Doctors save life of heart victim
A RETIRED police sergeant who collapsed with a heart attack at an Exeter gym was shocked back to life thanks to a quick-thinking husband and wife team.
Now the couple, both leading doctors, say the near-death drama underlined the need for lifesaving defibrillators to be more generally available.
The middle aged former officer had just completed a stint on a static bicycle and moved to the lounge area of the David Lloyd gym at Sandy Gate when he suddenly fell, gasping for air.
Sitting next to him was Dr Ansa Akram, a consultant orthodontist at the Royal Devon & Exeter Hospital.
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Dr Akram rushed to the man's aid but was unable to find a pulse – and called her husband Dr Usman Ejaz Sheikh, a cariologist, who was also in the gym.
Dr Akram said: "The man had been to a spinning class. In fact he had been next to me and had really been going for it.
"When the class ended we all went downstairs to the lounge and it was there that he suddenly collapsed.
"He was having a heart attack, gasping for air. I could not find a pulse and I called for my husband and called for an ambulance.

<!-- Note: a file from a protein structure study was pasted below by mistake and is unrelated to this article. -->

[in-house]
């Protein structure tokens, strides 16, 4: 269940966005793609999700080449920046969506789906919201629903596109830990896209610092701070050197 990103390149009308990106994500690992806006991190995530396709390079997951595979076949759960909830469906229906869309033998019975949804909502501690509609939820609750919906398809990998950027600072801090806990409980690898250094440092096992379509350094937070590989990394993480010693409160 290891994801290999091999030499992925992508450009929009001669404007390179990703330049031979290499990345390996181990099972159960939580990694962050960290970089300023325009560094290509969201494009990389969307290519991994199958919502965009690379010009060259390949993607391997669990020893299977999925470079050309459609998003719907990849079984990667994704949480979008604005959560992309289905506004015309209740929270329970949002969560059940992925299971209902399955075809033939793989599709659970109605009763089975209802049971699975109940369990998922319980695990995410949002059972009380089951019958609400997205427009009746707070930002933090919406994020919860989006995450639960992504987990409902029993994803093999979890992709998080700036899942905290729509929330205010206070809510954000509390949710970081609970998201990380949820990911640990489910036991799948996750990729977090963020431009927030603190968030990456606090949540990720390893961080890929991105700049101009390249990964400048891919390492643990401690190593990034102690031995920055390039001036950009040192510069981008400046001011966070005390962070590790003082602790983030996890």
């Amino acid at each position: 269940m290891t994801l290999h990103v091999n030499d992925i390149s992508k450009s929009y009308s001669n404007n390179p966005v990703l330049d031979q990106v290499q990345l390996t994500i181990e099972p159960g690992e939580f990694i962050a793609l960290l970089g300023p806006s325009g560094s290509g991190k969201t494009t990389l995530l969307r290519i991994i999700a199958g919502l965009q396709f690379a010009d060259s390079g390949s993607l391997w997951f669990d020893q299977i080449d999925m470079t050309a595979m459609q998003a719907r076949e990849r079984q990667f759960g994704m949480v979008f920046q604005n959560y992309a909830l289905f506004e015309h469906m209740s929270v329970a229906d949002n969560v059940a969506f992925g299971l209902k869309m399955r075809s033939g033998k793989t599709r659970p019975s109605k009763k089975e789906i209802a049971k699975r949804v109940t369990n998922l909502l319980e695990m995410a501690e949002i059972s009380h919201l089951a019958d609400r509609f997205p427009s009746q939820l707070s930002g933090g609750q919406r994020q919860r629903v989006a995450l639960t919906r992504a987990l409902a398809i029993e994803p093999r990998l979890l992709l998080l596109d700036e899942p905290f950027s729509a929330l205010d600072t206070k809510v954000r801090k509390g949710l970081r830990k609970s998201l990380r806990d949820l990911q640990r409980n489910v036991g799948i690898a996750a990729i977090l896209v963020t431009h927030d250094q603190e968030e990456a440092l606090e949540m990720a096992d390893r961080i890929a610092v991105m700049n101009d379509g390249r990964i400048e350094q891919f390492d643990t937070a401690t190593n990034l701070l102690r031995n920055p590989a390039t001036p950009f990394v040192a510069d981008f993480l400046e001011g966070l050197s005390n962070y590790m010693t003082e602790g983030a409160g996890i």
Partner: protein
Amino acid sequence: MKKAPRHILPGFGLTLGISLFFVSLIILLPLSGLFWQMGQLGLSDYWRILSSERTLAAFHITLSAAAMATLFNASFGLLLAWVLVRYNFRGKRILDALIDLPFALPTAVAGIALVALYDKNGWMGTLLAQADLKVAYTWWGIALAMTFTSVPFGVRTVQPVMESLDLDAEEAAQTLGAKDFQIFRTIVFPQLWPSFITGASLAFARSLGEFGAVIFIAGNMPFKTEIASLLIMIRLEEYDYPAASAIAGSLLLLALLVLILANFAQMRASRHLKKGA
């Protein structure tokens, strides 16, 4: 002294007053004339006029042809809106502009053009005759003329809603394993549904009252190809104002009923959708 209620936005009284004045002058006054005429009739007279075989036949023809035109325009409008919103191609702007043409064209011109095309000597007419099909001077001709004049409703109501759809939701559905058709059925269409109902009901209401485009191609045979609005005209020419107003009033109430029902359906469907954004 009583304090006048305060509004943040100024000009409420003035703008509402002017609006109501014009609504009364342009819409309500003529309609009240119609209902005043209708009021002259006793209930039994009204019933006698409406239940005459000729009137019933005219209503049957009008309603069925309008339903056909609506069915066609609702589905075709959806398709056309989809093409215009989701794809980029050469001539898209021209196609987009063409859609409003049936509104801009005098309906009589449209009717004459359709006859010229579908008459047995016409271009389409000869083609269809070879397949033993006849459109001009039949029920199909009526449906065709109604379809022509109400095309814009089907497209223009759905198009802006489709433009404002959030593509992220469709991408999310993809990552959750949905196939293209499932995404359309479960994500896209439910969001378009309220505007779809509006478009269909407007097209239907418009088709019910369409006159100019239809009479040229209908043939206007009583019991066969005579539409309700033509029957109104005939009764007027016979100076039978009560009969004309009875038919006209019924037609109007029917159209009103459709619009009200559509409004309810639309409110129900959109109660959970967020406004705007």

"Usman arrived straight away, he started chest compressions and called for a defibrillator.
"He shocked the patient and the patient responded almost straight away."
"The ambulance arrived, but with heart attacks it is the first three or four minutes which are crucial, and it shows how defibrillators are lifesavers. It was really good that David Lloyd had one so quickly available."
Dr Sheikh, 35, said: "My wife had been to a spinning class and I was going to meet her in the lounge when there was an announcement on the loud speaker and I received a call on my phone from my wife.
"The man was gasping for air and was sweaty and I could assess he was having a myocardial infarction. There was no pulse. I immediately started cardiopulmonary resuscitation).
"I called for the defibrillator and I shocked the patient and gave more CPR. He vomited and his pulse returned.
"The ambulance arrived and he was taken to accident and emergency at the Royal Devon and Exeter. There an ECG test showed he had suffered a heart attack. He had a stent inserted and I understand is recovering well.
"It was great that there was a defibrillator there, but it is essential people know how to use it in an emergency.
"I offered to come back and give them free lessons on the use of a defibrillator."
Dr Sheikh, who is in his fourth year of five in training to become a cardiologist, said: "It is the first time I have done this sort of thing outside a hospital. It happens in hospital but there it is a controlled environment."